John Borton

Rising Star

Aug 1, 2000
Outside Magazine


Years speed gliding, which involves strapping into a hang glider and sailing, just ten feet off the ground, down a mountainside at about 75 mph through a pylon-studded course:

National ranking among speed gliders:
First out of about 23.

Why he grew bored with cross-country hang gliding:
"It's like juggling eggs. Drop one egg and the fun is over. Speed gliding is like juggling chainsaws. You don't have to do it for long for it to be fun." 

Number of hang gliding rigs in his Los Gatos, California, garage:

What keeps him aloft:
"There's a certain amount of rush you can get from flying 80 or 90 miles an hour a couple of feet off the ground."

Competitions lost:
Zero out of six.

Goal for August:
To lead the eight-man U.S. team to first place at the Speed Gliding World Championships at Greece's Mount Olympus.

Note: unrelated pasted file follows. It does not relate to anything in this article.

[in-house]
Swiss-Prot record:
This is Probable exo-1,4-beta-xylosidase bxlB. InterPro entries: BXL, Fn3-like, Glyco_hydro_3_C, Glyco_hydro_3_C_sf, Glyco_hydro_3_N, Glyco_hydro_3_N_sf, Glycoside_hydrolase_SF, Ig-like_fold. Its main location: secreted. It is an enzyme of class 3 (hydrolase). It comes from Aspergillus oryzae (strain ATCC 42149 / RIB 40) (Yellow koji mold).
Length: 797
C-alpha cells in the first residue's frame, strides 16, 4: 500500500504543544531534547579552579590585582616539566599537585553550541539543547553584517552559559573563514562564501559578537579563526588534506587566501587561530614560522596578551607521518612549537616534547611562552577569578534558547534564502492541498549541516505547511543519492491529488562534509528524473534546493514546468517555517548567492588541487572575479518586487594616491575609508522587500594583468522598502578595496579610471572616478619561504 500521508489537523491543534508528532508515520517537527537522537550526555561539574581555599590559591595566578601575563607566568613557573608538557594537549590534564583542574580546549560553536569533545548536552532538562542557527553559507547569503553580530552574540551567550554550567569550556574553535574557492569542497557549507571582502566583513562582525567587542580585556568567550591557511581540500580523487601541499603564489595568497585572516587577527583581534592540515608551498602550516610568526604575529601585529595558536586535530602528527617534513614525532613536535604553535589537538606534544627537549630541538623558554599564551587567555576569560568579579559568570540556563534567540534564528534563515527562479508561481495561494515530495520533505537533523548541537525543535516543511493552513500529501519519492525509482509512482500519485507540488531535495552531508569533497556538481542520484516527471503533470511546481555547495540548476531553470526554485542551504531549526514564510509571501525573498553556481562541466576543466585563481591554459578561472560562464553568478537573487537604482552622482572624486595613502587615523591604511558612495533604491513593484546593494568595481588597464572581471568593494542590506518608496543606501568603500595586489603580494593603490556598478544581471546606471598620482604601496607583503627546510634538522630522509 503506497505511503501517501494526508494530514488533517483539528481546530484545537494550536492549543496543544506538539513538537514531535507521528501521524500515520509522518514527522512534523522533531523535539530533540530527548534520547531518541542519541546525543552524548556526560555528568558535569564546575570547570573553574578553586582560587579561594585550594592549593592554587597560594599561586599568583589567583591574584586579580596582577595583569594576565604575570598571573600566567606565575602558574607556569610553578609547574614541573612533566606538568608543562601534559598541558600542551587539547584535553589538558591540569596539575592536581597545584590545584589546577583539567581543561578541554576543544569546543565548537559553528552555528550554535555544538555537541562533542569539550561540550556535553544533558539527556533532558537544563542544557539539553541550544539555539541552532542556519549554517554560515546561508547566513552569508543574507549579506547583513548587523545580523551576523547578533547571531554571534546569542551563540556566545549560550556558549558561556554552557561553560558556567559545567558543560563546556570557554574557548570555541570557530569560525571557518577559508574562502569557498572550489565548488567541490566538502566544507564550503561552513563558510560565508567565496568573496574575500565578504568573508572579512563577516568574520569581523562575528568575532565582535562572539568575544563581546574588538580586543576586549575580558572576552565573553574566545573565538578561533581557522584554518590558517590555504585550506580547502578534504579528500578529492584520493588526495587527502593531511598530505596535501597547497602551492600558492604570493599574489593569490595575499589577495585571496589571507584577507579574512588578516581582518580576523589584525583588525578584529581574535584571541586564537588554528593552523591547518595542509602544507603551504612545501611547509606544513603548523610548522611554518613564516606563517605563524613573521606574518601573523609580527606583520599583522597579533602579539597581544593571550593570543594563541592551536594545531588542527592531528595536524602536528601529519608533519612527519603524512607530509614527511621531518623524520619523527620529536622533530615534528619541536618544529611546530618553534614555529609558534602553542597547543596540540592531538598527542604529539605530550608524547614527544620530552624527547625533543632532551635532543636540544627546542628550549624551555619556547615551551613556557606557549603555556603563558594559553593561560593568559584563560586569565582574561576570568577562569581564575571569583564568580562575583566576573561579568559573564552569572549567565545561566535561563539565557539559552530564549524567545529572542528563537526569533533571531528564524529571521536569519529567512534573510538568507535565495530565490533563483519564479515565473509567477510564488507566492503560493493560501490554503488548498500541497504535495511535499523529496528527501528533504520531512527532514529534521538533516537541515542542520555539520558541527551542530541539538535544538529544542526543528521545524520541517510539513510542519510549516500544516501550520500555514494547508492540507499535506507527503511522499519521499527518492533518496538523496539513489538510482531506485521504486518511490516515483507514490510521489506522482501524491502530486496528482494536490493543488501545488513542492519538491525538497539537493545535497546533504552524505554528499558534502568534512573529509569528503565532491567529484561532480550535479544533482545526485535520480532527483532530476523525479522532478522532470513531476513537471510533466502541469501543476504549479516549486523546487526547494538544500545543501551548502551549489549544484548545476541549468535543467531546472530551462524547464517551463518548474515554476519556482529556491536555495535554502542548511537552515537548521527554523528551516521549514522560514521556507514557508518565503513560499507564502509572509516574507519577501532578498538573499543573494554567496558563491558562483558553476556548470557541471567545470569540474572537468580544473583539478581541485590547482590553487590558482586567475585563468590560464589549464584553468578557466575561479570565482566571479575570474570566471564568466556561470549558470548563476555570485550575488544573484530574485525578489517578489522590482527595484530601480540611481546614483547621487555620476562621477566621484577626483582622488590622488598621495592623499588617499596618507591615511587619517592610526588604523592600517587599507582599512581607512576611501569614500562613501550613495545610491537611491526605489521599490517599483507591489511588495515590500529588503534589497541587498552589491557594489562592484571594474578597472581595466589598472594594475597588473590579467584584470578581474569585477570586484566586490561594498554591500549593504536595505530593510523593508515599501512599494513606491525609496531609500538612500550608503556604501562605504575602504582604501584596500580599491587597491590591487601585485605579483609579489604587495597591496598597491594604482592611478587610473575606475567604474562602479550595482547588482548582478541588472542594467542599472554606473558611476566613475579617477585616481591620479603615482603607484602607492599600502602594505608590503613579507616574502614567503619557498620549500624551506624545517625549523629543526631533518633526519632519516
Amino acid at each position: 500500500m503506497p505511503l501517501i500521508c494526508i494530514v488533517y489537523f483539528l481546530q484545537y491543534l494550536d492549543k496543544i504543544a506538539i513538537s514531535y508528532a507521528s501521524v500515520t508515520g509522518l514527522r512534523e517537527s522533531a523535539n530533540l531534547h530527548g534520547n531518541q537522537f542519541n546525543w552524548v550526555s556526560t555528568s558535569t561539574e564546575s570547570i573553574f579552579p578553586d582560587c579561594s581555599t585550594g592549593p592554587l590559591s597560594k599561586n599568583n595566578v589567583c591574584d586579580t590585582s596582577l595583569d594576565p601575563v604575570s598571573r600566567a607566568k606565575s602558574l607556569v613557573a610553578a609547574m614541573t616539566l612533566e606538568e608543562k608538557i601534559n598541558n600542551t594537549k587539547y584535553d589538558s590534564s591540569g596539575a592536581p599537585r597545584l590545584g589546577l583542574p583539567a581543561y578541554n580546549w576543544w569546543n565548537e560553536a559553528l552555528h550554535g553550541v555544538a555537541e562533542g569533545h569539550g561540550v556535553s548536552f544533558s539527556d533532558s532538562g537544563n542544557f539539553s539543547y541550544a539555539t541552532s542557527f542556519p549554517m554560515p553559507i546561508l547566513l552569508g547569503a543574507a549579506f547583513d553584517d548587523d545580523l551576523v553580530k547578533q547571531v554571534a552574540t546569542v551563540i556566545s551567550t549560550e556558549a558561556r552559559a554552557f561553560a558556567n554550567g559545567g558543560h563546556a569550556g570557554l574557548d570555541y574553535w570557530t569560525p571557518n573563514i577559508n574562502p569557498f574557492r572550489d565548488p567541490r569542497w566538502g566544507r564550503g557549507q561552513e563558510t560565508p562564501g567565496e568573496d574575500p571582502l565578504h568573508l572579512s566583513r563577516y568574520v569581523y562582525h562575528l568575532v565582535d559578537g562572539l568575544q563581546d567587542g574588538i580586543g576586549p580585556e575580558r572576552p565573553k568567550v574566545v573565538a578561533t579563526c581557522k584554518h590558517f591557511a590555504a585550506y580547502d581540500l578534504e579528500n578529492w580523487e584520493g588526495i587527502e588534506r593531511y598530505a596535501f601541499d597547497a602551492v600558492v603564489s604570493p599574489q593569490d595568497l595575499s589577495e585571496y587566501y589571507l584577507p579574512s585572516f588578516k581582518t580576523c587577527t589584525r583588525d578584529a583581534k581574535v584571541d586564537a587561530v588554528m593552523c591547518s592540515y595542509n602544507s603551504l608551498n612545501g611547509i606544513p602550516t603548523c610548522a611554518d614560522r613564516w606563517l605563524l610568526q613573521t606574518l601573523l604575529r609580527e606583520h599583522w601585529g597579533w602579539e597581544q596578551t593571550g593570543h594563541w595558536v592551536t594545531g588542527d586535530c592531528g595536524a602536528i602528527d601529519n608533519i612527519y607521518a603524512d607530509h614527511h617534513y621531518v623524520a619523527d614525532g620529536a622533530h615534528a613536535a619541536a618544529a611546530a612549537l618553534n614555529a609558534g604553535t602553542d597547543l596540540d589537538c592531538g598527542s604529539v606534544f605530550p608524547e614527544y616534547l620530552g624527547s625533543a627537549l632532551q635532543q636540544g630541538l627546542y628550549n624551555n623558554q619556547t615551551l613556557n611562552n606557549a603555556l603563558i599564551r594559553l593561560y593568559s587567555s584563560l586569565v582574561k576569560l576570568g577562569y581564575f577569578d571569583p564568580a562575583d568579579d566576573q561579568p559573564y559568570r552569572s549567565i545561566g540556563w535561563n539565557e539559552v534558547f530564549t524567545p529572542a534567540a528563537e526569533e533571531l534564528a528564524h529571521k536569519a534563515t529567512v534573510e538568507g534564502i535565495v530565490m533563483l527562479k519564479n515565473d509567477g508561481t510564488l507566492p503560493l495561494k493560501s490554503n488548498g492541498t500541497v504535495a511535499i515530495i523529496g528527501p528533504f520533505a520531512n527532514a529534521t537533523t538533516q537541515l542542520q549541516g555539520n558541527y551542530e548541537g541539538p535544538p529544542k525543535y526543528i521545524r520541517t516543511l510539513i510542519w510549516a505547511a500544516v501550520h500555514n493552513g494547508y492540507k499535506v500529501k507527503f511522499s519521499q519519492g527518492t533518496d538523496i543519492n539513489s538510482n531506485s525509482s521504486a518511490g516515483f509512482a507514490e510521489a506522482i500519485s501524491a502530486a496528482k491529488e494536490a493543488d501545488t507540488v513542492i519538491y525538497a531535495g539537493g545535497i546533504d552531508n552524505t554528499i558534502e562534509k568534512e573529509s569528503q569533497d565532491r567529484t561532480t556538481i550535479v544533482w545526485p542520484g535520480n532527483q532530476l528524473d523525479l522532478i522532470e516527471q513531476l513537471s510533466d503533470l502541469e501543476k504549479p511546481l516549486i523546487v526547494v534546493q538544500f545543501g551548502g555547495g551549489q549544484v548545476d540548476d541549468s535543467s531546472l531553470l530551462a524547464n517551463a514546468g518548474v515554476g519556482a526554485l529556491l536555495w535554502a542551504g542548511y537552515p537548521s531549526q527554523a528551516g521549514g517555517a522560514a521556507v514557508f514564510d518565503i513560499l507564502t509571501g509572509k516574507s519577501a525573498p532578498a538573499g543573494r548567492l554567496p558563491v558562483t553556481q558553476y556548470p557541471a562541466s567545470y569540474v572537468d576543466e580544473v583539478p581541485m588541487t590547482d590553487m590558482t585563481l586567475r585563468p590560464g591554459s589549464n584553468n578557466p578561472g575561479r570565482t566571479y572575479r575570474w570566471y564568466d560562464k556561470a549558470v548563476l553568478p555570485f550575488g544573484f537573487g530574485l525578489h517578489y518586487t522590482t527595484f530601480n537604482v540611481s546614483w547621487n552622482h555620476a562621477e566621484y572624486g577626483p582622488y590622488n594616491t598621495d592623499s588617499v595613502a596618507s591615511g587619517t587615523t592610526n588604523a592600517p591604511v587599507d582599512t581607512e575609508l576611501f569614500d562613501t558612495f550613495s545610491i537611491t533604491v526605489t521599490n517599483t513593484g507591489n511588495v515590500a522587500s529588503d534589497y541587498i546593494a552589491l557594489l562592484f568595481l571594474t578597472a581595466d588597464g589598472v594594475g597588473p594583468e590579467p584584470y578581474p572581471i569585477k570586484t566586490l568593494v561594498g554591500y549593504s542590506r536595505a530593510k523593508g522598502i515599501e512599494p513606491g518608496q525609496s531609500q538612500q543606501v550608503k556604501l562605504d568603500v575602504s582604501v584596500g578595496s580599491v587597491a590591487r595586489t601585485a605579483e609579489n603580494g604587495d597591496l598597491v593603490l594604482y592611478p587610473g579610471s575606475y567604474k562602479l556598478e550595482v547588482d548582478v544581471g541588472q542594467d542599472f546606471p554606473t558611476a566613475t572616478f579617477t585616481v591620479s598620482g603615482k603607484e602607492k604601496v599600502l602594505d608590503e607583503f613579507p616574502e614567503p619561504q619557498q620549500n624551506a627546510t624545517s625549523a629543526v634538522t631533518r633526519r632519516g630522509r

How teammate Reto Schaerli describes him:
"John is a type A-cubed personality. Intense wouldn't be the word."

Secret weapon:
The Sony Vaio 505 laptop that he uses to build a 3-D model and map of each race course. It helps him determine how fast he can fly each section.

Day job:
Field technical support for Silicon Valley–based Sportvision, which developed the NFL's "virtual" yellow first-down line.

Why speed gliding is safe:
"No one's been permanently injured. One guy did break his face into about 27 pieces last year, but that's the worst, and I think he's fine now.


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